notes towards the end of the Nepal text for Canada….
My beef with the travel story version of Nepal is that here South Asia appears on the world screen most often as a ‘realist’, but usually tragic, news item. Images of villages awaiting rescue from cyclone, flood, earthquakes, riot, famine. Images of high mountain military stand off or besieged temples, mosques, cave complex and Al Qaeda training camps: tourism and television are particularly well suited to containing tragedy within a box. On the small screen it is images and stereotypes or clichés that move. ‘Things happen to images, not people’ as the French theorist Gilles Deleuze once said (and I quote this like a souvenir, which equally contains). But representation of Asia indicates a corresponding nether side to the tragic image – there is also a simultaneous positive gloss that is equally ideological – the fascination with tradition. Sound bite emotional containment fuels the global rumour of a mythical third world Asia that is both traditional in dress and architecture (the Taj Mahal, camels, rustic musicians) and is a modern mess born of a debased modernity, that perhaps (the argument implies) only the restitution of colonialism could redeem, (in the mindset of the imperialist power).
The double visage of South Asia abroad is fantasy and sensation. On the one hand, the Hindi film glitz or traditional exotica of temples, rich fabrics, and pantomime handlebar moustaches. On the other, disaster, war, cotton-clad politicians discussing nuclear weaponry, Maoists, and pantomime handlebar moustaches. This doubled representation follows an ideological investment that eases and erases imperial guilt. From abroad, it is clear (the wish is) that the vibrancy (temples, fabric) of South Asia has not been destroyed despite the (rarely or reluctantly acknowledged) impact of 300 plus years of colonialism and more recent structural adjustment programmes visited on the place. Reassured by tourist brochures that most of the temples and holy sites remain, the disasters are attributed to contemporary dysfunctions: poverty, corruption, mismanagement and revolutionaries. Such reasoning, sometimes explicit, affirms that South Asia’s problems are South Asian, and that the departure of paternal colonial rule was perhaps premature. A self-serving ideological psychic defence, to be resolved by more ‘development’ aid…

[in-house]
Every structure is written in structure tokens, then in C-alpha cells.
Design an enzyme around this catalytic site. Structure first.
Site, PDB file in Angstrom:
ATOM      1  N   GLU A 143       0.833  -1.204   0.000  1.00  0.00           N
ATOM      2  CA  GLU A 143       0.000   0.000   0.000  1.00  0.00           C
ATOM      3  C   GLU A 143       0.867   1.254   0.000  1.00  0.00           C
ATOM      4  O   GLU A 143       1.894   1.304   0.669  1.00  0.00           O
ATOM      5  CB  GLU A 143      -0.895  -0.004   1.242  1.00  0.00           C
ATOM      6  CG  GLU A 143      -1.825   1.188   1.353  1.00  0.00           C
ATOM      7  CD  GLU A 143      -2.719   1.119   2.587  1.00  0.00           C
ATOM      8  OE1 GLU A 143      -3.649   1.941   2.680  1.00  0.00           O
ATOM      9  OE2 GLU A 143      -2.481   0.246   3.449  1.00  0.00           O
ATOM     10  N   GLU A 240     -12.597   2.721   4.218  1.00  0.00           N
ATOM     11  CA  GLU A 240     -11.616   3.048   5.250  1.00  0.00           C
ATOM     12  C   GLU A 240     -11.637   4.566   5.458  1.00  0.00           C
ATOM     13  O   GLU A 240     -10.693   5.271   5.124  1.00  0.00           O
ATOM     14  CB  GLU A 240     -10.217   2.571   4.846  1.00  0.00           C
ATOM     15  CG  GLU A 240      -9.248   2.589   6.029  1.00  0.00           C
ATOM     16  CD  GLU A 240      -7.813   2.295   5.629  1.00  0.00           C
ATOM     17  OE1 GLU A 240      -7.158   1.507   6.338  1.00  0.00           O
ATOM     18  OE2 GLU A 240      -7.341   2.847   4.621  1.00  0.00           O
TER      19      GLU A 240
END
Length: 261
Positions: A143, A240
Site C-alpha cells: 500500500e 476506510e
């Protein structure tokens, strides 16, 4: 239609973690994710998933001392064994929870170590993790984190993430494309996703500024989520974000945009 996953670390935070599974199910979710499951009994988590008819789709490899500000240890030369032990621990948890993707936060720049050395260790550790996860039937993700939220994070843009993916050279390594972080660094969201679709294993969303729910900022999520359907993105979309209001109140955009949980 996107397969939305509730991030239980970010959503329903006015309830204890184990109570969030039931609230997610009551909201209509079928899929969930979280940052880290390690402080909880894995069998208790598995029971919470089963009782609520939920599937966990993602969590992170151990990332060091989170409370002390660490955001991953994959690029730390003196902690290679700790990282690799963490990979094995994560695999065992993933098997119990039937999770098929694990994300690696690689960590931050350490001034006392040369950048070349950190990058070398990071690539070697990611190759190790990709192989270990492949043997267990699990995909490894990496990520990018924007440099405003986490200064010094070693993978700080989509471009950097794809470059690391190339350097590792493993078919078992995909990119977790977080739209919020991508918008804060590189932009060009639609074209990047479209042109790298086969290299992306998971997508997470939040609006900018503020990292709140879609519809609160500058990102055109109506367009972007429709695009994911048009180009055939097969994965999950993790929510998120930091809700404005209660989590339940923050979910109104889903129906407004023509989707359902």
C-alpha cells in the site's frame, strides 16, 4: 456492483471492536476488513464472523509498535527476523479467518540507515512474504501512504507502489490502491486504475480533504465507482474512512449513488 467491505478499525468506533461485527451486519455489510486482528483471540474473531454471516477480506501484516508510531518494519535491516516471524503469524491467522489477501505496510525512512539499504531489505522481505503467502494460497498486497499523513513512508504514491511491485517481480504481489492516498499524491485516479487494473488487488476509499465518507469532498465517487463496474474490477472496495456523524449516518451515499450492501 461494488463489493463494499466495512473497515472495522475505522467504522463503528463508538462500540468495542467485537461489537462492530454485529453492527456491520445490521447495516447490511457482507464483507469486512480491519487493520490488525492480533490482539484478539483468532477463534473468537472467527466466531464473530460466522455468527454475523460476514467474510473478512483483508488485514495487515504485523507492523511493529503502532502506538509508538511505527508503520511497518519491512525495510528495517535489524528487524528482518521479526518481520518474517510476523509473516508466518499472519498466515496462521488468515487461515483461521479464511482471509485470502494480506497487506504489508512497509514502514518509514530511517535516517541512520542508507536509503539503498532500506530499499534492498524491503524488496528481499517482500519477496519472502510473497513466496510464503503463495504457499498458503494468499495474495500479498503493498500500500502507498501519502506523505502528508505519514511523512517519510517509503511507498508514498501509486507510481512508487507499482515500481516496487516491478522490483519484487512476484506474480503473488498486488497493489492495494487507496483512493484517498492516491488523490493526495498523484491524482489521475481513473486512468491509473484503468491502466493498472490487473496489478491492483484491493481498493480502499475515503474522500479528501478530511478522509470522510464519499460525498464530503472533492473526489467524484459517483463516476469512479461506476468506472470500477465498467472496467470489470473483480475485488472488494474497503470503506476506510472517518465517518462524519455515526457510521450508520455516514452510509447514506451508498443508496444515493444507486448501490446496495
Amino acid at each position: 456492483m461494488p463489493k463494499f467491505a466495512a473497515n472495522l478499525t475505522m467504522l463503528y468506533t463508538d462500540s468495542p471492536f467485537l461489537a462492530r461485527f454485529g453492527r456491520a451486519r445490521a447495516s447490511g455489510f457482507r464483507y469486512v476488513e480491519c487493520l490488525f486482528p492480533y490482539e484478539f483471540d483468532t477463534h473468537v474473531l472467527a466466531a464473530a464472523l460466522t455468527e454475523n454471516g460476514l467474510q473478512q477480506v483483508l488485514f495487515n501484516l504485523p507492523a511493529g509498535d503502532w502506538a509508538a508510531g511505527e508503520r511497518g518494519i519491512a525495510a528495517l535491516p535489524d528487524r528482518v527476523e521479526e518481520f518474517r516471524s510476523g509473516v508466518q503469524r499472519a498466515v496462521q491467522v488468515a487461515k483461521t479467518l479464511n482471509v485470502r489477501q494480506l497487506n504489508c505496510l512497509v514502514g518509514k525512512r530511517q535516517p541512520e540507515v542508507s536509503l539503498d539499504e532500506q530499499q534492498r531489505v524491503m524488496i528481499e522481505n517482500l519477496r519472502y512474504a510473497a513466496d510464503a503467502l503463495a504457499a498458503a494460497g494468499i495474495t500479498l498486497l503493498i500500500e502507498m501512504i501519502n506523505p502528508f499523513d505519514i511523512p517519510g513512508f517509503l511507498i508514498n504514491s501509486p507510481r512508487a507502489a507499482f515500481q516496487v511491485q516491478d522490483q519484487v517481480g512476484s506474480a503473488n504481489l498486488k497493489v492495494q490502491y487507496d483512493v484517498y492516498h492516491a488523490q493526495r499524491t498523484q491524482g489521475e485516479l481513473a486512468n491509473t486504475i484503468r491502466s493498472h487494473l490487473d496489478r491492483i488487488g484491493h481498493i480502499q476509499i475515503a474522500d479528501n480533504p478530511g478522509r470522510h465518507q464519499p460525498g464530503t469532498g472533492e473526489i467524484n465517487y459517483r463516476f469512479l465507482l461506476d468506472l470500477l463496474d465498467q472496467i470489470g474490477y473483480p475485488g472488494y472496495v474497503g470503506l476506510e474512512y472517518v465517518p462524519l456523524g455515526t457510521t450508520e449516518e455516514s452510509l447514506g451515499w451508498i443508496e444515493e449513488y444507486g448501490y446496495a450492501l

The sheer diversity of a continent of images is thereby channelled into a narrow ideological repertoire.
(and I am really having trouble finishing this piece because its another one of those I would normally have sent to Imogen to read, and I just cannot understand why she is gone. Its terrible and cruel. Drek drek drek. All thoughts to her family.)